Overall, the proportion of those that had depression was not significant. Also, statistical analysis of the data showed that symptoms of poststroke depression are not dependent on sociodemographic variables (gender, marital status, occupation, and age). From these results it appears that almost half (42%) of the stroke survivors had symptoms of PSD. These findings agree with previous observations that depression is a common complication of stroke, leading to increased morbidity and mortality [6], and occurs in approximately 40–50% of patients [11]. In fact, it has been observed that stroke survivors may experience a number of psychological sequalae including depression [11]. Overall, the trends from the results of our study suggest that there is a likely relative but not significant influence of age, duration of stroke, living with spouse, type of employment, gender, hemispheric asymmetry, and complications on mood of stroke survivors. Thus, there was no significant association between these variables and symptoms of PSD, respectively.

The results further show that 10 (45.46%) out of 22 females and 10 (35.71%) out 28 males had symptoms of depression (Table 2). Also, 18 (90%) out of 20 married stroke survivors had symptoms of depression, whereas 3 (25%) out of 12 unmarried stroke survivors had symptoms of depression. It was observed that 11 (28.95%) of the 38 stroke survivors that were not self-employed (civil servants and banker) had depression, whereas 9 (40.91%) of the 22 self-employed (drivers, artisans, farmers, housewives, retirees, and petty trader) stroke survivors had depression. Furthermore, 14 (60.87%) of the 23 young/middle-aged stroke survivors (aged 27–56 years) had symptoms of depression, whereas 8 (29.63%) of the 27 geriatric stroke survivors had symptoms of depression. Within the young/middle-aged stroke survivors, it was further shown that all (i.e., 2 or 100%) of those within 27–36 years had symptoms of depression, whereas 3 (50%) of the 6 stroke survivors within 37–46 years had symptoms of depression. Also, 9 (60%) of the 15 stroke survivors that were aged between 47 and 56 years had symptoms of depression. However, only 8 (42.11%) out of 27 older adult (aged 57–66 years) stroke survivors had symptoms of depression. Invariably, the distribution of the symptoms of poststroke depression age group is 9.09% (27–36 years), 3.64% (37–46 years), 40.91% (47–56 years), and 36.36% (57–66 years). In addition, it was shown that 11 (40.74%) of the 27 patients that presented with left-sided hemiplegia (i.e., lesion of the right cerebral hemisphere) had symptoms of poststroke depression, whereas only 9 (39.13%) of the 23 stroke survivors that presented with right-sided hemiplegia (i.e., lesion of the left cerebral hemisphere) had symptoms of depression. These findings may imply that middle-aged adults (47–56 years) and older middle-aged adults (57–66 years) were more likely to have symptoms of depression than others and may relate to how the various age groups respond to the psychological impact of associated functional impairment/loss of independence in activities of daily living associated with stroke. Such functional limitation may affect perception of self, especially self-image and self-worth, eventually leading to depression [6]. This finding agrees with previous observations from studies done outside sub-Saharan Africa, which indicate that PSD is associated with old age [12, 13] rather than young age. In fact, substantial evidence from such studies has shown that depression is a common condition in the elderly and that the incidence of stroke increases with age. Nevertheless, Sharpes et al. [14] observed that, irrespective of age, anyone can react to adversity with depressive mood and may explain why some reasonable proportion of both young and old stroke survivors presented with symptoms of depression in this study. Apparently, the results suggest that symptoms of depression are not dependent on age and gender differences.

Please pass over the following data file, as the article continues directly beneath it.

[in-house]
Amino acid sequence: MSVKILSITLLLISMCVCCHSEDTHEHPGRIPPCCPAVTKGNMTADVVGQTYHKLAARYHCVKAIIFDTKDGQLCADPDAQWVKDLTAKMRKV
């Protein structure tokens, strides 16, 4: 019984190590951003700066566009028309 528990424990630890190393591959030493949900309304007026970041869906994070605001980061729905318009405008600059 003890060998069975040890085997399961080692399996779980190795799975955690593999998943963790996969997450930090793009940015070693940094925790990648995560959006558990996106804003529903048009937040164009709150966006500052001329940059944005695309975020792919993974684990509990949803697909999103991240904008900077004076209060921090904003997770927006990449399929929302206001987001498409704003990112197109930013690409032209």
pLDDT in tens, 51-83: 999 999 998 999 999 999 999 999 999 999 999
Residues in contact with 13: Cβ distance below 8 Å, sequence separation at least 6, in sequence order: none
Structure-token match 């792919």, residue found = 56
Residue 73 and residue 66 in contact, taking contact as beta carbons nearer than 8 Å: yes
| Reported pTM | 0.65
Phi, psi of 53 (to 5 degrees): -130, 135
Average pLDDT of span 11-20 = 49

The fact that almost all (90%) of stroke survivors living with their spouses (married) seem to have symptoms of depression unlike those that do not live with their spouses may relate to a state of frustration due to the inability of a stroke survivor to support his/her spouse financially, emotionally, physically, socially, and with household chores, due to incapacitation by stroke. The net psychological effects may eventually trigger depression. Thus, psychiatric review may target threats to effective family functioning, because it may be fractured under the stress of financial burden, physical burn-out, and emotional drain of spouses who act as caregivers. However, it appears from this study that a family that functions at the required level of socialization (trust, good communication skills, care, tolerance, etc.) is likely to deal with the needs of stroke survivors better than others and thus buffer the predisposing events likely to trigger symptoms of PSD.